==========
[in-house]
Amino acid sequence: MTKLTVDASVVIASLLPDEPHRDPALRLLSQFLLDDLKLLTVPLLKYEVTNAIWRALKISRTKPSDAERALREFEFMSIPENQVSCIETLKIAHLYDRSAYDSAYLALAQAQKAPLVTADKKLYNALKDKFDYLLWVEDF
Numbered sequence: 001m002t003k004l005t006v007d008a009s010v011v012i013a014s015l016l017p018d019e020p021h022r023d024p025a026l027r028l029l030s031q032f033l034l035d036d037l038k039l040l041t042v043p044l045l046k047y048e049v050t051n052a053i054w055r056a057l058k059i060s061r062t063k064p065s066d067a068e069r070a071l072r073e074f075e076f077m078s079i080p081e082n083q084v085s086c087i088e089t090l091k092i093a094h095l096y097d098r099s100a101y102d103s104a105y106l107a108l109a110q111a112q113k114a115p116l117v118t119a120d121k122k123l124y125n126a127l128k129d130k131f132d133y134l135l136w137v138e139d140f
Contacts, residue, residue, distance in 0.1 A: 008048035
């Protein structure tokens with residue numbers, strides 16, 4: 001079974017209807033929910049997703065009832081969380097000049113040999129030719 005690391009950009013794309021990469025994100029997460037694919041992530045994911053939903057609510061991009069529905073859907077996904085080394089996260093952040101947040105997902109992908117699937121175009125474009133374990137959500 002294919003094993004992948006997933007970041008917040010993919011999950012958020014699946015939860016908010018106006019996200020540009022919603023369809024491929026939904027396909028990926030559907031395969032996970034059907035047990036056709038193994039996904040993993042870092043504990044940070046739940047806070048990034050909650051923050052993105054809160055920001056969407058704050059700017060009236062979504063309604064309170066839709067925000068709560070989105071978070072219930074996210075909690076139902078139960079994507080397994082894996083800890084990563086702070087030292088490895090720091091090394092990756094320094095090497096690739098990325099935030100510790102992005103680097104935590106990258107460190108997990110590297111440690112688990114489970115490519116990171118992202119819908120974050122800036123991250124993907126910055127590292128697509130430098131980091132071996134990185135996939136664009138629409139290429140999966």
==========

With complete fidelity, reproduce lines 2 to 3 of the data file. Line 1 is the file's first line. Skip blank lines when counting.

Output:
Amino acid sequence: MTKLTVDASVVIASLLPDEPHRDPALRLLSQFLLDDLKLLTVPLLKYEVTNAIWRALKISRTKPSDAERALREFEFMSIPENQVSCIETLKIAHLYDRSAYDSAYLALAQAQKAPLVTADKKLYNALKDKFDYLLWVEDF
Numbered sequence: 001m002t003k004l005t006v007d008a009s010v011v012i013a014s015l016l017p018d019e020p021h022r023d024p025a026l027r028l029l030s031q032f033l034l035d036d037l038k039l040l041t042v043p044l045l046k047y048e049v050t051n052a053i054w055r056a057l058k059i060s061r062t063k064p065s066d067a068e069r070a071l072r073e074f075e076f077m078s079i080p081e082n083q084v085s086c087i088e089t090l091k092i093a094h095l096y097d098r099s100a101y102d103s104a105y106l107a108l109a110q111a112q113k114a115p116l117v118t119a120d121k122k123l124y125n126a127l128k129d130k131f132d133y134l135l136w137v138e139d140f